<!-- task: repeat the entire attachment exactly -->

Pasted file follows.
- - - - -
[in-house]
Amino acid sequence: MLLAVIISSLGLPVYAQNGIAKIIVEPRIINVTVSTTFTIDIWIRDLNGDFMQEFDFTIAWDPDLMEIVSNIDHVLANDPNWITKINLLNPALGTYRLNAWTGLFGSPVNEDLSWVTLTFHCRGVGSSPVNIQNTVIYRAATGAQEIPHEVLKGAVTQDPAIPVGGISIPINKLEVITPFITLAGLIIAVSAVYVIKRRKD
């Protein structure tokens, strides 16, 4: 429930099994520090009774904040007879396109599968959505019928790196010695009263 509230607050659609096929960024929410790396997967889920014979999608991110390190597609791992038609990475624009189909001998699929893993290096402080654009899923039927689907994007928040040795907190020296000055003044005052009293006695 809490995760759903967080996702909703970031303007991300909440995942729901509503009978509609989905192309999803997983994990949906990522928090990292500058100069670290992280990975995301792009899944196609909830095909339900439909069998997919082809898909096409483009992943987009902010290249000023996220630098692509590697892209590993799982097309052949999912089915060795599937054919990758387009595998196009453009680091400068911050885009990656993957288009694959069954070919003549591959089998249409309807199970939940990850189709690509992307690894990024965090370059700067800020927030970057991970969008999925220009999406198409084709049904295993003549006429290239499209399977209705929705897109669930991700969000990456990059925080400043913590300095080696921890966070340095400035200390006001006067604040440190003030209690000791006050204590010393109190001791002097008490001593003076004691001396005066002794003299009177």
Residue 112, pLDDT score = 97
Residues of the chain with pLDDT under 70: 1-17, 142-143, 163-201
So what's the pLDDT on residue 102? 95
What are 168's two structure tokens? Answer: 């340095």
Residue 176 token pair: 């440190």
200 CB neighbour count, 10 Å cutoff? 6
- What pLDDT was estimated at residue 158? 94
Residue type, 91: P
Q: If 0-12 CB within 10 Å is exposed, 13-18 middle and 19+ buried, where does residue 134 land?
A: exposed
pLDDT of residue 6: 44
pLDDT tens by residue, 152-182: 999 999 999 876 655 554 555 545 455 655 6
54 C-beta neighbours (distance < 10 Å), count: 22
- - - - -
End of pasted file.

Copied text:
[in-house]
Amino acid sequence: MLLAVIISSLGLPVYAQNGIAKIIVEPRIINVTVSTTFTIDIWIRDLNGDFMQEFDFTIAWDPDLMEIVSNIDHVLANDPNWITKINLLNPALGTYRLNAWTGLFGSPVNEDLSWVTLTFHCRGVGSSPVNIQNTVIYRAATGAQEIPHEVLKGAVTQDPAIPVGGISIPINKLEVITPFITLAGLIIAVSAVYVIKRRKD
């Protein structure tokens, strides 16, 4: 429930099994520090009774904040007879396109599968959505019928790196010695009263 509230607050659609096929960024929410790396997967889920014979999608991110390190597609791992038609990475624009189909001998699929893993290096402080654009899923039927689907994007928040040795907190020296000055003044005052009293006695 809490995760759903967080996702909703970031303007991300909440995942729901509503009978509609989905192309999803997983994990949906990522928090990292500058100069670290992280990975995301792009899944196609909830095909339900439909069998997919082809898909096409483009992943987009902010290249000023996220630098692509590697892209590993799982097309052949999912089915060795599937054919990758387009595998196009453009680091400068911050885009990656993957288009694959069954070919003549591959089998249409309807199970939940990850189709690509992307690894990024965090370059700067800020927030970057991970969008999925220009999406198409084709049904295993003549006429290239499209399977209705929705897109669930991700969000990456990059925080400043913590300095080696921890966070340095400035200390006001006067604040440190003030209690000791006050204590010393109190001791002097008490001593003076004691001396005066002794003299009177």
Residue 112, pLDDT score = 97
Residues of the chain with pLDDT under 70: 1-17, 142-143, 163-201
So what's the pLDDT on residue 102? 95
What are 168's two structure tokens? Answer: 């340095």
Residue 176 token pair: 């440190």
200 CB neighbour count, 10 Å cutoff? 6
- What pLDDT was estimated at residue 158? 94
Residue type, 91: P
Q: If 0-12 CB within 10 Å is exposed, 13-18 middle and 19+ buried, where does residue 134 land?
A: exposed
pLDDT of residue 6: 44
pLDDT tens by residue, 152-182: 999 999 999 876 655 554 555 545 455 655 6
54 C-beta neighbours (distance < 10 Å), count: 22